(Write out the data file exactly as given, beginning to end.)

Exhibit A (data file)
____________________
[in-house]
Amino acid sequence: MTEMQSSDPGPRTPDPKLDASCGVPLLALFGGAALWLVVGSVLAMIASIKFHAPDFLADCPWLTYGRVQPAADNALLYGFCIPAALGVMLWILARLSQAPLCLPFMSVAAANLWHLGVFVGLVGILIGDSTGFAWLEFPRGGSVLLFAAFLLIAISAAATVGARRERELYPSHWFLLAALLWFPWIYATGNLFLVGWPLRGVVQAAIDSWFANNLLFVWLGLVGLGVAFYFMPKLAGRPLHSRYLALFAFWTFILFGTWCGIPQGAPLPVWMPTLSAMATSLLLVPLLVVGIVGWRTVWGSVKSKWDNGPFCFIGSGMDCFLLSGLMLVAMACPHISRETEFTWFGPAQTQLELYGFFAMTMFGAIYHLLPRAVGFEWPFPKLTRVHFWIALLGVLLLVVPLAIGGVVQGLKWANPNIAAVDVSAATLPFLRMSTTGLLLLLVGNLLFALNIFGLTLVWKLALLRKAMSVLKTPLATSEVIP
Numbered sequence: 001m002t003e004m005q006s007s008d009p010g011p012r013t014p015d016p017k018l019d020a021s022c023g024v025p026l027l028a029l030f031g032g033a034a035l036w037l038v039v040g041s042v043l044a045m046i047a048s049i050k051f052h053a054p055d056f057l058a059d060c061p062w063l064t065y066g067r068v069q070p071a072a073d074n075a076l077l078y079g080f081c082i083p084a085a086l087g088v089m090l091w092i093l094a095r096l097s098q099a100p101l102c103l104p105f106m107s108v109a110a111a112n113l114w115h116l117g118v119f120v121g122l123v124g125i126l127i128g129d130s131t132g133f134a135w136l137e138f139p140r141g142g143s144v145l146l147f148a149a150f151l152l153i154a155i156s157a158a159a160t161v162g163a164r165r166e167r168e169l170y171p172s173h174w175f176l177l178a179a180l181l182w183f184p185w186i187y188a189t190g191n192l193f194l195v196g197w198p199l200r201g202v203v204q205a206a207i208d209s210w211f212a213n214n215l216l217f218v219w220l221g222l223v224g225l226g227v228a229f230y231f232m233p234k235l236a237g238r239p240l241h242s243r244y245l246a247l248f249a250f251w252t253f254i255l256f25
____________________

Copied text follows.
[in-house]
Amino acid sequence: MTEMQSSDPGPRTPDPKLDASCGVPLLALFGGAALWLVVGSVLAMIASIKFHAPDFLADCPWLTYGRVQPAADNALLYGFCIPAALGVMLWILARLSQAPLCLPFMSVAAANLWHLGVFVGLVGILIGDSTGFAWLEFPRGGSVLLFAAFLLIAISAAATVGARRERELYPSHWFLLAALLWFPWIYATGNLFLVGWPLRGVVQAAIDSWFANNLLFVWLGLVGLGVAFYFMPKLAGRPLHSRYLALFAFWTFILFGTWCGIPQGAPLPVWMPTLSAMATSLLLVPLLVVGIVGWRTVWGSVKSKWDNGPFCFIGSGMDCFLLSGLMLVAMACPHISRETEFTWFGPAQTQLELYGFFAMTMFGAIYHLLPRAVGFEWPFPKLTRVHFWIALLGVLLLVVPLAIGGVVQGLKWANPNIAAVDVSAATLPFLRMSTTGLLLLLVGNLLFALNIFGLTLVWKLALLRKAMSVLKTPLATSEVIP
Numbered sequence: 001m002t003e004m005q006s007s008d009p010g011p012r013t014p015d016p017k018l019d020a021s022c023g024v025p026l027l028a029l030f031g032g033a034a035l036w037l038v039v040g041s042v043l044a045m046i047a048s049i050k051f052h053a054p055d056f057l058a059d060c061p062w063l064t065y066g067r068v069q070p071a072a073d074n075a076l077l078y079g080f081c082i083p084a085a086l087g088v089m090l091w092i093l094a095r096l097s098q099a100p101l102c103l104p105f106m107s108v109a110a111a112n113l114w115h116l117g118v119f120v121g122l123v124g125i126l127i128g129d130s131t132g133f134a135w136l137e138f139p140r141g142g143s144v145l146l147f148a149a150f151l152l153i154a155i156s157a158a159a160t161v162g163a164r165r166e167r168e169l170y171p172s173h174w175f176l177l178a179a180l181l182w183f184p185w186i187y188a189t190g191n192l193f194l195v196g197w198p199l200r201g202v203v204q205a206a207i208d209s210w211f212a213n214n215l216l217f218v219w220l221g222l223v224g225l226g227v228a229f230y231f232m233p234k235l236a237g238r239p240l241h242s243r244y245l246a247l248f249a250f251w252t253f254i255l256f25